A measure to criminalize what's known as "revenge porn" -- nude or sexual images of people posted online, often by ex-partners -- has advanced in Pennsylvania's Senate.

But even if the bill, passed Tuesday by a Senate committee, becomes law, questions remain about its effectiveness and constitutionality.

Only New Jersey and California have tried to outlaw revenge porn.

Pennsylvania's current harassment law hasn't given victims of the harassment any recourse in such circumstances.

State Sen. Judy Schwank of Berks County said that would change with her proposal.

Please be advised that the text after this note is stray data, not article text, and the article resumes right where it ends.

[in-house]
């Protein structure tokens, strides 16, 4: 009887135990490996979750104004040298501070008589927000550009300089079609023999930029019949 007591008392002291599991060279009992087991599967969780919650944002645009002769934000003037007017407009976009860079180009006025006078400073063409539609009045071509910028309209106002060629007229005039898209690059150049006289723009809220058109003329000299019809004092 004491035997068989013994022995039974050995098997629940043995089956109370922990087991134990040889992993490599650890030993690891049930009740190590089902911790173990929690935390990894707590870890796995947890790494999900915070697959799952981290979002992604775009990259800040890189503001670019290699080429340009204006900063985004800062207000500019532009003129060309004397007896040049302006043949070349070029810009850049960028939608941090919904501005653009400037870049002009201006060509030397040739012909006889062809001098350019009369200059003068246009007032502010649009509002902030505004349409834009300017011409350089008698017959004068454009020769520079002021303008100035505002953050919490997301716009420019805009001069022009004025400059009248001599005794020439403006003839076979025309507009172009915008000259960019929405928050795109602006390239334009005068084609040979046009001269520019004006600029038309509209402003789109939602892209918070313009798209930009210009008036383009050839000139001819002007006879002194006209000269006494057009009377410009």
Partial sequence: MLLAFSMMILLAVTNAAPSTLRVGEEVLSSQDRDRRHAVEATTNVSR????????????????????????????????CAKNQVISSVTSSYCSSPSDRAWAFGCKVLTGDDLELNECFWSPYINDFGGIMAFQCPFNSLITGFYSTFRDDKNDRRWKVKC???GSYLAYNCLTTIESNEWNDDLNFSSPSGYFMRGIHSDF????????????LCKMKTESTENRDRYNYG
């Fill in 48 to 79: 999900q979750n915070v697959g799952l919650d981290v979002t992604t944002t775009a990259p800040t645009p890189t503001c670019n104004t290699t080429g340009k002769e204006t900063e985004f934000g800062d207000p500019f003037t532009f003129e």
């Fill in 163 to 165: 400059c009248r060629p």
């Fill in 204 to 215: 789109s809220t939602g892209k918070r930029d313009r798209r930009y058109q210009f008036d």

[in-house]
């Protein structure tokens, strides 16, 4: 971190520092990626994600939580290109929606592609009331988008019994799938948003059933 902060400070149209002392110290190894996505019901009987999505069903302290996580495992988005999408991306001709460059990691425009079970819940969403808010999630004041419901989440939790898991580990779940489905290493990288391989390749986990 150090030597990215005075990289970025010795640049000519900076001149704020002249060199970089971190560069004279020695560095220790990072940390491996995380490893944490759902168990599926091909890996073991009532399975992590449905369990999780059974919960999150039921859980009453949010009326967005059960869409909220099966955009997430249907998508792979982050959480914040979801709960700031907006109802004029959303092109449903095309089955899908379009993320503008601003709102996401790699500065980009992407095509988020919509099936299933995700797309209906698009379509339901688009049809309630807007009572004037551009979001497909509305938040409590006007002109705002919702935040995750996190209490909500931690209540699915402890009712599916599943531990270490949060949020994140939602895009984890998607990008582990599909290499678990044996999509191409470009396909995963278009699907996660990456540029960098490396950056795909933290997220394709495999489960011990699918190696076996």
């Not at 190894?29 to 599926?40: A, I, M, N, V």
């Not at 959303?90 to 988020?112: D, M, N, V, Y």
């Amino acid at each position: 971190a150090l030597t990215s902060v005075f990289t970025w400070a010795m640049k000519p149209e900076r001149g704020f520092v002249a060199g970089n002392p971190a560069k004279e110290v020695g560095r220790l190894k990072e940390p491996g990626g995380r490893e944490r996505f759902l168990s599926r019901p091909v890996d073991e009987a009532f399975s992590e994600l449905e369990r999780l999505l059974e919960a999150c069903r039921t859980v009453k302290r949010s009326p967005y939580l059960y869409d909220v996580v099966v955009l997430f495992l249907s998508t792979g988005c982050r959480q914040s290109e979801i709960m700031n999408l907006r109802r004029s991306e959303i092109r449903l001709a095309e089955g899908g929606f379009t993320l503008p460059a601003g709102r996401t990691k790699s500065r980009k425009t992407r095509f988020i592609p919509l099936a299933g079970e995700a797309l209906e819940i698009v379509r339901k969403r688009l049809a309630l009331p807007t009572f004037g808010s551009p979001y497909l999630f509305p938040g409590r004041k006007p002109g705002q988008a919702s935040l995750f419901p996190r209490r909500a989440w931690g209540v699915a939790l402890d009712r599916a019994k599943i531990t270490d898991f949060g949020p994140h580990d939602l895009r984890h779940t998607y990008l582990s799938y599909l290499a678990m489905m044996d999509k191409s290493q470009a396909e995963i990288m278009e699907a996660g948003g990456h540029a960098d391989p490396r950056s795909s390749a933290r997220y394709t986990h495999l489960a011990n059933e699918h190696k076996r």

"By passing this legislation, we'd be able to ensure that we'd at least deter this kind of behavior, or to prosecute individuals that try to harm people in this way," said Schwank, D-Berks.

It's not clear that laws against revenge porn have led to successful prosecutions, according to legal experts.

The proposal defines revenge porn as having "no legitimate purpose and with the intent to harass, annoy or alarm the person depicted."

It's not as high a threshold as the one in California's law, but Schwank acknowledged it may make revenge porn tough to prove in court.

Privacy advocates, meanwhile, caution the difficulty of criminalizing revenge porn without restricting free speech.

The American Civil Liberties Union of Pennsylvania has taken a neutral position on Schwank's measure.